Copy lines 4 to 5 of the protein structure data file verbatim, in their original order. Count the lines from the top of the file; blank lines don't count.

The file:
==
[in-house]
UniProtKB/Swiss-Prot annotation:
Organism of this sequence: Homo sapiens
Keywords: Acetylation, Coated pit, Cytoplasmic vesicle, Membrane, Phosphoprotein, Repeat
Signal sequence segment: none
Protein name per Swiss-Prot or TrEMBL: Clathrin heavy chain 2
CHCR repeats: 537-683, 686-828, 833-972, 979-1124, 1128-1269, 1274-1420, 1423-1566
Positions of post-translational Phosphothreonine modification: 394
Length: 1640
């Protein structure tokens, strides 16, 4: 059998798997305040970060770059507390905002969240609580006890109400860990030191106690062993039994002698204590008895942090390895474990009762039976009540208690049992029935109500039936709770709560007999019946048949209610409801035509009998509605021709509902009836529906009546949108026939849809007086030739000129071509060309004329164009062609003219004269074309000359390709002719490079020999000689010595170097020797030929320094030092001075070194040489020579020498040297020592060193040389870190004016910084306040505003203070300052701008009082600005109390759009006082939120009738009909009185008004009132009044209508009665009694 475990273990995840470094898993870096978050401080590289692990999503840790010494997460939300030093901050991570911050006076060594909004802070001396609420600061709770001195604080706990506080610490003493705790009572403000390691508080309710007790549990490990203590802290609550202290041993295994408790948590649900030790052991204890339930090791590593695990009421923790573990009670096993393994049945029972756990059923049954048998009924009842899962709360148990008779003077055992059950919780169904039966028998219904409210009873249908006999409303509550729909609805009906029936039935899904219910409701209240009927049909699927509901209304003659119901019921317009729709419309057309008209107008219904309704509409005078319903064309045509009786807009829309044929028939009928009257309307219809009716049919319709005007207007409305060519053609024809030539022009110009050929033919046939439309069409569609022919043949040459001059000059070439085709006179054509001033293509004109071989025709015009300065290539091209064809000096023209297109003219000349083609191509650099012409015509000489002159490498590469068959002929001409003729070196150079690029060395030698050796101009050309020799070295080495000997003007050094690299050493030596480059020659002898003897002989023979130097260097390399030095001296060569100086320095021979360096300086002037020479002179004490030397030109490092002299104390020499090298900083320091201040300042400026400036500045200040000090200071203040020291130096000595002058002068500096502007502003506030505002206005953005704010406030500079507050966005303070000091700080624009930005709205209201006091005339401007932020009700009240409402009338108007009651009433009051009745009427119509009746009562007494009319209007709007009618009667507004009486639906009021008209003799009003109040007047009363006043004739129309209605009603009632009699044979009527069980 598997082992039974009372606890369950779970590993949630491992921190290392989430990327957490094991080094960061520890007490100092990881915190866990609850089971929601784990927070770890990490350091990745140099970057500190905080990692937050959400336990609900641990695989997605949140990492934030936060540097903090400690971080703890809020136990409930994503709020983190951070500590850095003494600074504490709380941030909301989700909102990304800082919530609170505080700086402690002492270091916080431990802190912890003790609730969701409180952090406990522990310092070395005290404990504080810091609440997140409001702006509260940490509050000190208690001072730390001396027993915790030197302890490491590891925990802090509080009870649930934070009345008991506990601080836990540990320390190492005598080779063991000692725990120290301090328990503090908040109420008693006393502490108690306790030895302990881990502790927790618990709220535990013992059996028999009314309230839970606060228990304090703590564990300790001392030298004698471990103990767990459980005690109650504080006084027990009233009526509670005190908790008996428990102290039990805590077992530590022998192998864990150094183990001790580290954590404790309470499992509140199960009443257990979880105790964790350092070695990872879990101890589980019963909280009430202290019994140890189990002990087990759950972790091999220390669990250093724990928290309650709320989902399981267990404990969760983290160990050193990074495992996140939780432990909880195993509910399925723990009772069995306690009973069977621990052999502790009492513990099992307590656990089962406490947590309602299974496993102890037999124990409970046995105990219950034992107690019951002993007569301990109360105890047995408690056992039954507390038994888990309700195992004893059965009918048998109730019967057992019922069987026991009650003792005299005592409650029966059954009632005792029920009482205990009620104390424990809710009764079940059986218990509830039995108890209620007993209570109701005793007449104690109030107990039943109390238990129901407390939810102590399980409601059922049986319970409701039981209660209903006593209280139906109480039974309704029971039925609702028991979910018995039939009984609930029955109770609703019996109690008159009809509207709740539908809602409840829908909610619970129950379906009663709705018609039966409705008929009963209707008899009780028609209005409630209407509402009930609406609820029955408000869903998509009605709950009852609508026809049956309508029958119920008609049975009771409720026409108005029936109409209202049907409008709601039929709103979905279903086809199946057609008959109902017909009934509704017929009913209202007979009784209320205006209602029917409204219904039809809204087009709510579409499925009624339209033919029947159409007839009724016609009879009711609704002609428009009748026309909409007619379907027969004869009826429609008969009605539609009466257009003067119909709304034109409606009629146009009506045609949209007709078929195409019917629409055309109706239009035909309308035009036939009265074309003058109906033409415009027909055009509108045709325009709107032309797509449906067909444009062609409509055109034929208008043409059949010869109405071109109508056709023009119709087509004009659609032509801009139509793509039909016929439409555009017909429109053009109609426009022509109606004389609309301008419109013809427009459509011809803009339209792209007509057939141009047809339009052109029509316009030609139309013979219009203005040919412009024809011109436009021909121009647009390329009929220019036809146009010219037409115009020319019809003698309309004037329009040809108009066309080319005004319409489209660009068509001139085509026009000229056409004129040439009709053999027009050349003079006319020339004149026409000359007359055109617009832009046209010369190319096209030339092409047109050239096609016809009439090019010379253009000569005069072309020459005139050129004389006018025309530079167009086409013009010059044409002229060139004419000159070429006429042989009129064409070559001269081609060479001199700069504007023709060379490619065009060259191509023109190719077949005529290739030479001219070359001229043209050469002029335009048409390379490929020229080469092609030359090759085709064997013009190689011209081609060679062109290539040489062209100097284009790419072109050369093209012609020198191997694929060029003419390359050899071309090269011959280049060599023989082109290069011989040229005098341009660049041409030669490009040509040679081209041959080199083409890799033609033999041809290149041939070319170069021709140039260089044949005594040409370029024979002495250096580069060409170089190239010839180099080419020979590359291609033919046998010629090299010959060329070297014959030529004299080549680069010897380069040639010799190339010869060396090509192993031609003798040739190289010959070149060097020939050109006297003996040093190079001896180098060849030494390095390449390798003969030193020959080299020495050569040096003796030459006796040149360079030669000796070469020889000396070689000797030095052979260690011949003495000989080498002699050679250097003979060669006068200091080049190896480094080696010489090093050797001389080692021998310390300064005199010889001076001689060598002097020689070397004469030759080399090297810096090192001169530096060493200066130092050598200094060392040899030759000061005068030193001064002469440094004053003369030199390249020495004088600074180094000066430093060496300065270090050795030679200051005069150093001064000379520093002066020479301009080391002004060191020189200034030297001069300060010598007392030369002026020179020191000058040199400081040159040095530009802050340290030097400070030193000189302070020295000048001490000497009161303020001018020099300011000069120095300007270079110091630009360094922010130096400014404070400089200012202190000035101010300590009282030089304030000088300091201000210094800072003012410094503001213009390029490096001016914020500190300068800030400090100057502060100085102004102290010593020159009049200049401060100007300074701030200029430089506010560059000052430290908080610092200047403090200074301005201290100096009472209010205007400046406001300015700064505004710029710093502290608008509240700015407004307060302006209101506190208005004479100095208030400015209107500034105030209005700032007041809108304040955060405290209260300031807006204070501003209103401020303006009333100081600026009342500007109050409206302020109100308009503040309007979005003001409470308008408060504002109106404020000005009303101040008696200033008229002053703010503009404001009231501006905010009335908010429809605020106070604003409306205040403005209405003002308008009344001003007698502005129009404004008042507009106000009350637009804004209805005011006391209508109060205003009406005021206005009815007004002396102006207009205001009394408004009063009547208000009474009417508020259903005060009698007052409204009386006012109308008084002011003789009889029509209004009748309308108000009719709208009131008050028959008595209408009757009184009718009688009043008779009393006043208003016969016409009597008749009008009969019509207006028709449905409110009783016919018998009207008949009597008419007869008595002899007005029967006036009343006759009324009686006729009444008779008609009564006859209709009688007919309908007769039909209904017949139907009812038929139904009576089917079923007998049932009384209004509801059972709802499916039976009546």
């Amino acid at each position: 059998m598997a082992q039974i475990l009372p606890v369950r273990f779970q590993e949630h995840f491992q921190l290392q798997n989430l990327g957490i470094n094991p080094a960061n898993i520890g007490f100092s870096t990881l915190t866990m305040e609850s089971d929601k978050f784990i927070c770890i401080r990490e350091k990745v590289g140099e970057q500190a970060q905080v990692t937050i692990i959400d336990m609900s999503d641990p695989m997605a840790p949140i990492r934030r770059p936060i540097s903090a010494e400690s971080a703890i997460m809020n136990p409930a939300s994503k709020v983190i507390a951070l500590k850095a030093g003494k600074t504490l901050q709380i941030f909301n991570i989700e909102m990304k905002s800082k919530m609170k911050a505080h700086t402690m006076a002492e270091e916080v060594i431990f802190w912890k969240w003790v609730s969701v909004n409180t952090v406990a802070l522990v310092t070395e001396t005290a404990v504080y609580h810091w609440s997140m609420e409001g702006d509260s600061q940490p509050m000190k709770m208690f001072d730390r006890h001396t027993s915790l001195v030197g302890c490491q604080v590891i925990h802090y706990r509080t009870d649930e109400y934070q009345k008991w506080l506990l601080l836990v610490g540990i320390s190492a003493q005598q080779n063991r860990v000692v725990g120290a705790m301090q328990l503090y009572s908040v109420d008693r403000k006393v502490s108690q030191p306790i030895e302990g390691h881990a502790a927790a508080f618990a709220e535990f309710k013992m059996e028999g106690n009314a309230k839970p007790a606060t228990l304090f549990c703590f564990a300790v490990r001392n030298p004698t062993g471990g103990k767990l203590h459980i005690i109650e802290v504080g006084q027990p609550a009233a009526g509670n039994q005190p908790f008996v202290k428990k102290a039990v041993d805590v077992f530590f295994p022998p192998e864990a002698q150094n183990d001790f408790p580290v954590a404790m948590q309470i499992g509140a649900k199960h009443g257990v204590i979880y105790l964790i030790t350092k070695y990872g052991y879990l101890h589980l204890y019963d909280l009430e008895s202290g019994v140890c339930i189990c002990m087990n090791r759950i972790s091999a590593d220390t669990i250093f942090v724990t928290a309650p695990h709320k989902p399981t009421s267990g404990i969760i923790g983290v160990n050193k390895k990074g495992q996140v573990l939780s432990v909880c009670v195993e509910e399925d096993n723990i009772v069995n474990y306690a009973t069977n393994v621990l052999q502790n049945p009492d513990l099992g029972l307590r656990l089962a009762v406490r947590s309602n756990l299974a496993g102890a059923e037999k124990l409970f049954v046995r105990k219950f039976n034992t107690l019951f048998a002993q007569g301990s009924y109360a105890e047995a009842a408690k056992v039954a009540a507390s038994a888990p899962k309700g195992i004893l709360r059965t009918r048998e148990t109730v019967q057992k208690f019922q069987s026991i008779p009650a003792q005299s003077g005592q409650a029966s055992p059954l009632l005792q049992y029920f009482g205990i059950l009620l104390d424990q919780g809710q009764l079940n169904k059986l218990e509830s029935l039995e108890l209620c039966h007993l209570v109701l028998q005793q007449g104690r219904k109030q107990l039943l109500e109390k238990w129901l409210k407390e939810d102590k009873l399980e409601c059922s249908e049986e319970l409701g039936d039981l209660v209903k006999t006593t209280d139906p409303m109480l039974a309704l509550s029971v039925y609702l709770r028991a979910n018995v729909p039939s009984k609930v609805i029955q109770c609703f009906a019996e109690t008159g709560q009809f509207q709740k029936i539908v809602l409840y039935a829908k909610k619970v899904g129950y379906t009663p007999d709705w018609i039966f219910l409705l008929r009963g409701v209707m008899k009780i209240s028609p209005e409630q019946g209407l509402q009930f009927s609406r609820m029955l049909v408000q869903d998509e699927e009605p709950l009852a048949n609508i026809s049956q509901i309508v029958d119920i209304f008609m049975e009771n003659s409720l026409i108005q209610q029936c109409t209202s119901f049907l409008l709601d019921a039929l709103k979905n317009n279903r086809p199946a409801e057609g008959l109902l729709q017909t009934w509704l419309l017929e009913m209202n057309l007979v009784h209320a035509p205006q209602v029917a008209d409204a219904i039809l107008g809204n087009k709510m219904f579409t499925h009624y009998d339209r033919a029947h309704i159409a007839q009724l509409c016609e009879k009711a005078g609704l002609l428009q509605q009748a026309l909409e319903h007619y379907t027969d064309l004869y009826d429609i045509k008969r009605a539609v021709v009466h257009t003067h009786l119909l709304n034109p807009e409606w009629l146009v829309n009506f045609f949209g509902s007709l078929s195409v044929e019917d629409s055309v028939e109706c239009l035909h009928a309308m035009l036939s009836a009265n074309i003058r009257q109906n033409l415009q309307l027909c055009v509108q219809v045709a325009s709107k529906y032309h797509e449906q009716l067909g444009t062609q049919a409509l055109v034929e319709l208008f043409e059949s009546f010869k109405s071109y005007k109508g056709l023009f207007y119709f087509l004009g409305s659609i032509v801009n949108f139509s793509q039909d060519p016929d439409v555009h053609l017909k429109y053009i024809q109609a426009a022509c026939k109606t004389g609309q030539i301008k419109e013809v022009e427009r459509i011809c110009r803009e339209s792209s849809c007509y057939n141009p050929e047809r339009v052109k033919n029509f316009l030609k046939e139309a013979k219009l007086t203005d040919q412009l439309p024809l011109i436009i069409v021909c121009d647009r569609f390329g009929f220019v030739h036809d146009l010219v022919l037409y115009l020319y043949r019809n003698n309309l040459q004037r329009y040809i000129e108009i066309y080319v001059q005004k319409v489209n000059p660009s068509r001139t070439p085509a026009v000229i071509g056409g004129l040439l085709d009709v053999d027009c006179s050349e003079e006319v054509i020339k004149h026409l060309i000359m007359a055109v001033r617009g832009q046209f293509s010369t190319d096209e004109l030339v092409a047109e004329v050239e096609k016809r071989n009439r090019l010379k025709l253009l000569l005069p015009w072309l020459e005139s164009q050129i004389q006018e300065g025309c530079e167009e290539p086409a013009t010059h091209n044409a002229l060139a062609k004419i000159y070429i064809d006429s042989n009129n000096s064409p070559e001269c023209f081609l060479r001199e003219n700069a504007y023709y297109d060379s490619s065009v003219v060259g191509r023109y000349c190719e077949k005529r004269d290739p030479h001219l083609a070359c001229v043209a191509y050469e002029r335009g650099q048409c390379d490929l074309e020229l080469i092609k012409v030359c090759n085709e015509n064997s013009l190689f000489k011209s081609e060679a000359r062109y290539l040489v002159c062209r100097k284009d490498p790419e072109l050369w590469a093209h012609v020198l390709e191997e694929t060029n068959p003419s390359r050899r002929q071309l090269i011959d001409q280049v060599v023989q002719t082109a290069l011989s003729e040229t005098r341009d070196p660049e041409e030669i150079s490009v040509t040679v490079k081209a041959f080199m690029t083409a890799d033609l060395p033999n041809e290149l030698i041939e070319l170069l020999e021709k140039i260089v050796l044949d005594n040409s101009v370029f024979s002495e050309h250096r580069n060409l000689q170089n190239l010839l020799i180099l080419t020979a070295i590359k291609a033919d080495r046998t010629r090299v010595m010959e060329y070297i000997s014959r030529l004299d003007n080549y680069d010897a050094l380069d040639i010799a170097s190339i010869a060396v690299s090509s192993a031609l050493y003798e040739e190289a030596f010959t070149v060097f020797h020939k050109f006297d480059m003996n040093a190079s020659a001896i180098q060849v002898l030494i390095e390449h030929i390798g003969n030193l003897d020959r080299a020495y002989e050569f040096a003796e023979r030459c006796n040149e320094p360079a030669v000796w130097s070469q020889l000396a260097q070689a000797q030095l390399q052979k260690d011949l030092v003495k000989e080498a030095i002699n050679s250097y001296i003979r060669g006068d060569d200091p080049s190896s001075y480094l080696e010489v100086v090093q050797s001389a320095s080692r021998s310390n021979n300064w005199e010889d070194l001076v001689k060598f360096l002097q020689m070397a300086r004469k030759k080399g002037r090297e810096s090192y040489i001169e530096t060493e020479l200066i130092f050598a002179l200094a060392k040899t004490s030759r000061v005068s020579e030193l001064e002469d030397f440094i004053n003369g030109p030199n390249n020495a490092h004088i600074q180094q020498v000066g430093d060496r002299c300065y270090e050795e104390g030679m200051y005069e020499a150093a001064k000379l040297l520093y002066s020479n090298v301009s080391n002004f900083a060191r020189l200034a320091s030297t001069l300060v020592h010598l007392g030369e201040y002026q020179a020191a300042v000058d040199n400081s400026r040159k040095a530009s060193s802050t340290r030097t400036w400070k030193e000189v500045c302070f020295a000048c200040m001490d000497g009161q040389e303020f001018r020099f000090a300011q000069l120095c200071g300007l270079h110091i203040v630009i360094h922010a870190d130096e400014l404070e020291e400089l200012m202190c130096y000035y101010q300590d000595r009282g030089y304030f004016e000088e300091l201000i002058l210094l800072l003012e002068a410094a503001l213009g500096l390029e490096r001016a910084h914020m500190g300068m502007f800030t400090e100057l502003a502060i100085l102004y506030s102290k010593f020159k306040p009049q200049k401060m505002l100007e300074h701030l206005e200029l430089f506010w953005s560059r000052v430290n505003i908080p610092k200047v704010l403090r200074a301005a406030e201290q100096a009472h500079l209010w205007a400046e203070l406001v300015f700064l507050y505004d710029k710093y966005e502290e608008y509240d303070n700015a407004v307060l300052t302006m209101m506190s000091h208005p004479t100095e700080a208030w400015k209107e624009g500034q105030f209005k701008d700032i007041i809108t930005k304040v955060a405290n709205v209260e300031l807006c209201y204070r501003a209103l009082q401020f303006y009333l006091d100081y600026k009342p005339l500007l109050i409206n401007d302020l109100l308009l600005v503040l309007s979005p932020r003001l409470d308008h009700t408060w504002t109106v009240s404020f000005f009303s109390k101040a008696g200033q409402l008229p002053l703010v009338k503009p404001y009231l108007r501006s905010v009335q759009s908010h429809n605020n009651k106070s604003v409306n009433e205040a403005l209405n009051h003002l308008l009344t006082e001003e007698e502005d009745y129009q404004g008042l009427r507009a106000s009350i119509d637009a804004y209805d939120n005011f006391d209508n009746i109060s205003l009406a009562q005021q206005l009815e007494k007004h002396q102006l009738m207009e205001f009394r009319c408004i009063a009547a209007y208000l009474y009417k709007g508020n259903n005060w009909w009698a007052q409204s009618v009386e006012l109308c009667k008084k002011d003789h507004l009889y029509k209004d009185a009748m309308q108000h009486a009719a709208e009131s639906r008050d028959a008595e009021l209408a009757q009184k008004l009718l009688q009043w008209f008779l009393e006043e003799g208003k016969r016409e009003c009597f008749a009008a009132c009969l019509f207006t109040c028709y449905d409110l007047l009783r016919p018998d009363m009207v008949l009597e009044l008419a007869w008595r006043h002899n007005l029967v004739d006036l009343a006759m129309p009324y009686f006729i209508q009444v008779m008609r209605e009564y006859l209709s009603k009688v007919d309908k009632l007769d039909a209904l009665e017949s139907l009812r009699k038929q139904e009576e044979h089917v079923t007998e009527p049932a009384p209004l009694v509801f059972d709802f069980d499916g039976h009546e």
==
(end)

Keywords: Acetylation, Coated pit, Cytoplasmic vesicle, Membrane, Phosphoprotein, Repeat
Signal sequence segment: none